... console=/dev/ttyS0,115200n8 ...

with

... console=uart,io,0xe1020000,115200n8 ...

Note: Once the kernel boots fine, you must change the console definition back to the standard value, otherwise the kernel will have a conflict when reserving the memory location again for the ttyS0.

Error a

Q: I enabled low-level debugging function like described above and then get

Linux.............................................................
................................. done, booting the kernel.

Error a

A: "a" stands for "architecture". This means that U-Boot passes the wrong architecture machine number in processor register r1 to kernel. U-Boot and Kernel machine numbers don't match. For possible solutions see below.

Wrong machine number I

Q: My (old/new) U-Boot doesn't start my (new/old) Linux kernel correctly, because the machine number passed by U-Boot to the kernel don't match kernels one.

A: Correct your U-Boot and/or Linux kernel to use matching machine numbers.

Wrong machine number II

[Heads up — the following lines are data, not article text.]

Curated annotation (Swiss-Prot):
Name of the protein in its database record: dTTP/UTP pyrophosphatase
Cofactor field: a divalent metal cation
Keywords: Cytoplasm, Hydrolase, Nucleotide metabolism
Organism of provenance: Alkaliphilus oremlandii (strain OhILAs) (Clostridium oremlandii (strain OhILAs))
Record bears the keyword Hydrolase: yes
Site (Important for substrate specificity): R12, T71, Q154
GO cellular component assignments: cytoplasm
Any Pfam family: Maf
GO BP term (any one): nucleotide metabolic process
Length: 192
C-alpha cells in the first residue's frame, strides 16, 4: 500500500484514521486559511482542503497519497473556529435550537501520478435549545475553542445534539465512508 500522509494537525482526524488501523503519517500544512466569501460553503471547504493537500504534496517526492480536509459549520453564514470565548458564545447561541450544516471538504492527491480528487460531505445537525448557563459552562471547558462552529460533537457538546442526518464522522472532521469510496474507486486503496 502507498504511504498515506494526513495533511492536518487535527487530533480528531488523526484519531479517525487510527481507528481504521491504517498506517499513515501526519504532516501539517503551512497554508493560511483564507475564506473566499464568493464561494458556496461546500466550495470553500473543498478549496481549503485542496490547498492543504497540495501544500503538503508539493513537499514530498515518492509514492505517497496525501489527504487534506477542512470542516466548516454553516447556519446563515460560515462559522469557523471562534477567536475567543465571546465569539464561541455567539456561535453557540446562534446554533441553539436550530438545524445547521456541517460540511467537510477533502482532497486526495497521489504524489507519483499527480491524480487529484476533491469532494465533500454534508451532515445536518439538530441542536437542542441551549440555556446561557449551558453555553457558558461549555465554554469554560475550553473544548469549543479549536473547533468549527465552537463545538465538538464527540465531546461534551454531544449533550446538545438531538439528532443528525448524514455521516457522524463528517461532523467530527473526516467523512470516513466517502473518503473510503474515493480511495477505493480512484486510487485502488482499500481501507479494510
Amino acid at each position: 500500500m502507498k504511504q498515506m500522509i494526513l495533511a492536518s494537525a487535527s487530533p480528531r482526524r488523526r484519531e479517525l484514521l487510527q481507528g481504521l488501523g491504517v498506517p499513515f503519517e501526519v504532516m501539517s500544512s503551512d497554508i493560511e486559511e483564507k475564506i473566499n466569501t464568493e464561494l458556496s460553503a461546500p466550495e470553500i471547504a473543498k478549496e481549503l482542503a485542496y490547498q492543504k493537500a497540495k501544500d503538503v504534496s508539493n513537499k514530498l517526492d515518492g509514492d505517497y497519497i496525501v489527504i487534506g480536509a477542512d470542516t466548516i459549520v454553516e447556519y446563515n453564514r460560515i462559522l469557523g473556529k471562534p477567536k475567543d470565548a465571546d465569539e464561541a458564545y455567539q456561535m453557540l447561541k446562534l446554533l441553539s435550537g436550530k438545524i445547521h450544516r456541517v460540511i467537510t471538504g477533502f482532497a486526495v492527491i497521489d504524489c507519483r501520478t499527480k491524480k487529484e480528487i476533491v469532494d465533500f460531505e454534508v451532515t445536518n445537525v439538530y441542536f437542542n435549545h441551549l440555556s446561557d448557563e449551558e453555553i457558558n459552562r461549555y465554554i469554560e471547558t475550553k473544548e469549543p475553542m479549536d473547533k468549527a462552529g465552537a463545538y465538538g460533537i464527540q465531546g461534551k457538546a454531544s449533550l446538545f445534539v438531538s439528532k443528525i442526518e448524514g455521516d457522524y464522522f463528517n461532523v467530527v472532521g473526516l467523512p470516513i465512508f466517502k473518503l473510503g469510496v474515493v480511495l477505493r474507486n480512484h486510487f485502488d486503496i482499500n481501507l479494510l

Q: My (old/new) U-Boot doesn't start my (new/old) Linux kernel correctly, because the machine numbers don't match. I don't want to correct machine numbers. What else can I do?

A: Try hackish patch to disable machine number in kernel.

Machine numbers

Q: What are these machine numbers this FAQ talks about above?

A: See Machine numbers and machine number registry. Machine number is compiled into U-Boot and passed by register to Linux kernel. Linux kernel has machine number compiled in as well. Both machine numbers have to match, else kernel won't boot.

Build Instructions for U-boot

Q:How do I build U-Boot for DaVinci technology-based processors?

A:If you do not already have the u-boot source code, you can get it from our DaVinci Software Update Site available to registered DVEVM users.

https://www-a.ti.com/extranet/cm/product/dvevmsw/dspswext/general/homepage.shtml